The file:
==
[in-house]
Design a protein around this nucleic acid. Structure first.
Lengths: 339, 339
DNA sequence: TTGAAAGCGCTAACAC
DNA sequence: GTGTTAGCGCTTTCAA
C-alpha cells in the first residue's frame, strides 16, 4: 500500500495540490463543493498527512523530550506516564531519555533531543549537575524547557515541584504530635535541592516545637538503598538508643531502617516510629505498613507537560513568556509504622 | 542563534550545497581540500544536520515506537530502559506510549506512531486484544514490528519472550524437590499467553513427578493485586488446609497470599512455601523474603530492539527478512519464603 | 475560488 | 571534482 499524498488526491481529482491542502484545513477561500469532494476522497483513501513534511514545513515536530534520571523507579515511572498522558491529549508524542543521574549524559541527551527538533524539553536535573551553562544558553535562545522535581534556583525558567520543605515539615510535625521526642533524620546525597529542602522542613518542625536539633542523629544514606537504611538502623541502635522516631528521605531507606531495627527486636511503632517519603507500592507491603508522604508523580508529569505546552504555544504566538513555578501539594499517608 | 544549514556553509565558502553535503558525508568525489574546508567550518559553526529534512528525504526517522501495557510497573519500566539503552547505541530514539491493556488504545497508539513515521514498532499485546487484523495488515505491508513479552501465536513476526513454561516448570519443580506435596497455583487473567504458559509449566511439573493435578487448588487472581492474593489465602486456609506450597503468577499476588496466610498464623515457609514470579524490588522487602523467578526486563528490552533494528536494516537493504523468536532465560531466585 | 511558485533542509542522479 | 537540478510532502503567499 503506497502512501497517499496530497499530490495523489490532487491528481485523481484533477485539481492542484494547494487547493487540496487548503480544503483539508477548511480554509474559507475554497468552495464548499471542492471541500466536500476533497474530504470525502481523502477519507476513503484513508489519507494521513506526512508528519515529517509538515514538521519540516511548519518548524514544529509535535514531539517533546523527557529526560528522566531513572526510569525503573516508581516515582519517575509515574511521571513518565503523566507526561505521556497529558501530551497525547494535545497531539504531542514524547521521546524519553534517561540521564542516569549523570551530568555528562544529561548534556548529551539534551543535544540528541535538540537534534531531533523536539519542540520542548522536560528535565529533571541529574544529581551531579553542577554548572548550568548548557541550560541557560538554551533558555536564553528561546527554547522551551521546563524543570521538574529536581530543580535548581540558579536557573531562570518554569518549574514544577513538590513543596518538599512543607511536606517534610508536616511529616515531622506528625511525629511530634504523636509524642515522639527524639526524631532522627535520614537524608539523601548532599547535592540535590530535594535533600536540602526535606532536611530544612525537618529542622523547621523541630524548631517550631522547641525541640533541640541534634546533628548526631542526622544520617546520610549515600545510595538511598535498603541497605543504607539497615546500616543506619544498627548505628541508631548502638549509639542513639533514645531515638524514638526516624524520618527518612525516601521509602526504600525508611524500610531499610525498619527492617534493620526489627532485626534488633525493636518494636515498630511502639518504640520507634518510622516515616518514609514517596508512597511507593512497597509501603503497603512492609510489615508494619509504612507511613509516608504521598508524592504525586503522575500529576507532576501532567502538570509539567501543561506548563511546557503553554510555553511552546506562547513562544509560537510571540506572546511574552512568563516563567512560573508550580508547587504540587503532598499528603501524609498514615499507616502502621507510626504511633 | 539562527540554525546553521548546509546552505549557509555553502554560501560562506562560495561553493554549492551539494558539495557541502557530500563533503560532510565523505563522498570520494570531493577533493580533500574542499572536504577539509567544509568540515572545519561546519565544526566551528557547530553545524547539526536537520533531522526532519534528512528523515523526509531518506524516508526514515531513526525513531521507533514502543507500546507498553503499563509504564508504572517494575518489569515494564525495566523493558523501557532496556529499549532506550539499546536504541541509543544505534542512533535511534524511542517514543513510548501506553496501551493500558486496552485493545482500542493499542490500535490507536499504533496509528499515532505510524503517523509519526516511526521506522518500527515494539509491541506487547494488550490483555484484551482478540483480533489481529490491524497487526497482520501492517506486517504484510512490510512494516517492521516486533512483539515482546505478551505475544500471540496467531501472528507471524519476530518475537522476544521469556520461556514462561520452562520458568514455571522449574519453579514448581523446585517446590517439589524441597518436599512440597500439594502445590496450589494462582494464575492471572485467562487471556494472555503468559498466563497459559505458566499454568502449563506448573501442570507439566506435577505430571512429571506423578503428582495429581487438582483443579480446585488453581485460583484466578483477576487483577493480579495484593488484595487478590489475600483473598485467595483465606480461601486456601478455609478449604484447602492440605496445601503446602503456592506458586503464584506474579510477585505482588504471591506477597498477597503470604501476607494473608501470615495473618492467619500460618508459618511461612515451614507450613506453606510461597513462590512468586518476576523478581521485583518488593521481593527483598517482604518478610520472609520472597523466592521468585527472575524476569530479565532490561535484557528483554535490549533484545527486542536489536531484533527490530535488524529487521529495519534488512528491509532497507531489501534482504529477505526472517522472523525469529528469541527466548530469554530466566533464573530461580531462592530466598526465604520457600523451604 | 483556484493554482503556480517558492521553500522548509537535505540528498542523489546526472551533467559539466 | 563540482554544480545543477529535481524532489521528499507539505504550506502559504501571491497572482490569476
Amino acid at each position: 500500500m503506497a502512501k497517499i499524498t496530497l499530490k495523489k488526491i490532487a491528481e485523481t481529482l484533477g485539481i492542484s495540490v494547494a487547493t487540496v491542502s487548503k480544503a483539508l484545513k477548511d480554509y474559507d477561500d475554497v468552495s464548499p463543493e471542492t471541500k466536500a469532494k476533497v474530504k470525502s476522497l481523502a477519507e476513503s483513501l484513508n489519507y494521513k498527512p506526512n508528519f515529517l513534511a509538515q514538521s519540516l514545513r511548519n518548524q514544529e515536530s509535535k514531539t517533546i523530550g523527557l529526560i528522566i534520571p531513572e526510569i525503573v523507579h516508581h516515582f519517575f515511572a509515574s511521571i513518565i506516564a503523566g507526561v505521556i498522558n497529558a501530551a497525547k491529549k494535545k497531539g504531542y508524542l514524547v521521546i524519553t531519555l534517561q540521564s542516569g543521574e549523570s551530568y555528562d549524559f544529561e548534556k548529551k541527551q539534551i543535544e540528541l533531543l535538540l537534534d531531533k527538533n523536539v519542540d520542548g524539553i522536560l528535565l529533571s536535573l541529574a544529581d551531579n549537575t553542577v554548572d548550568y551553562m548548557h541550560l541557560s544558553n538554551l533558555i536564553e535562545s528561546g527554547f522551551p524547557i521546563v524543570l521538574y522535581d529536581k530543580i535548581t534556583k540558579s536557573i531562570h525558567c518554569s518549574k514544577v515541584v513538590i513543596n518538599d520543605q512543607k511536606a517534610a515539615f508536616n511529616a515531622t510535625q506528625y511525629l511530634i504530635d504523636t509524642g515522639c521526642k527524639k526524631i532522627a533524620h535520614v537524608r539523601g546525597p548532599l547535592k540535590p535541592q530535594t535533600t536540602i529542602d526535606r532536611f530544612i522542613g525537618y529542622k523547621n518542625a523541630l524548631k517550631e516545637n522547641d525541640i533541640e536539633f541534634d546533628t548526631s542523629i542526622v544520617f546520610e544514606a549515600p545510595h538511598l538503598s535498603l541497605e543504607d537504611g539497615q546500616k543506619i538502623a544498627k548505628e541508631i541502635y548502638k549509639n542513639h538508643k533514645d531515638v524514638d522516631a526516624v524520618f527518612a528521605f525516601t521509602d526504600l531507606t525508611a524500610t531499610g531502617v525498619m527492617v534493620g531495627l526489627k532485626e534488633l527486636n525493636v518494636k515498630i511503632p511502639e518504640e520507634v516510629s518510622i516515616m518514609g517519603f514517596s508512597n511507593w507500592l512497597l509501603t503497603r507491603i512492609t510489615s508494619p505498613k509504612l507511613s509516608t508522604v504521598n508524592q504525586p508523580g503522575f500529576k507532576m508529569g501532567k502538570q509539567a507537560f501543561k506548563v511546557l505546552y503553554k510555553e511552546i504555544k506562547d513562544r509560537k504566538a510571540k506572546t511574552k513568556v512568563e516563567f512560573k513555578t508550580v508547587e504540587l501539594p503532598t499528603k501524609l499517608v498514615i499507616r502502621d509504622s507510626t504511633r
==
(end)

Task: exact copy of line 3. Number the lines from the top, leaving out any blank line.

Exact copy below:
Lengths: 339, 339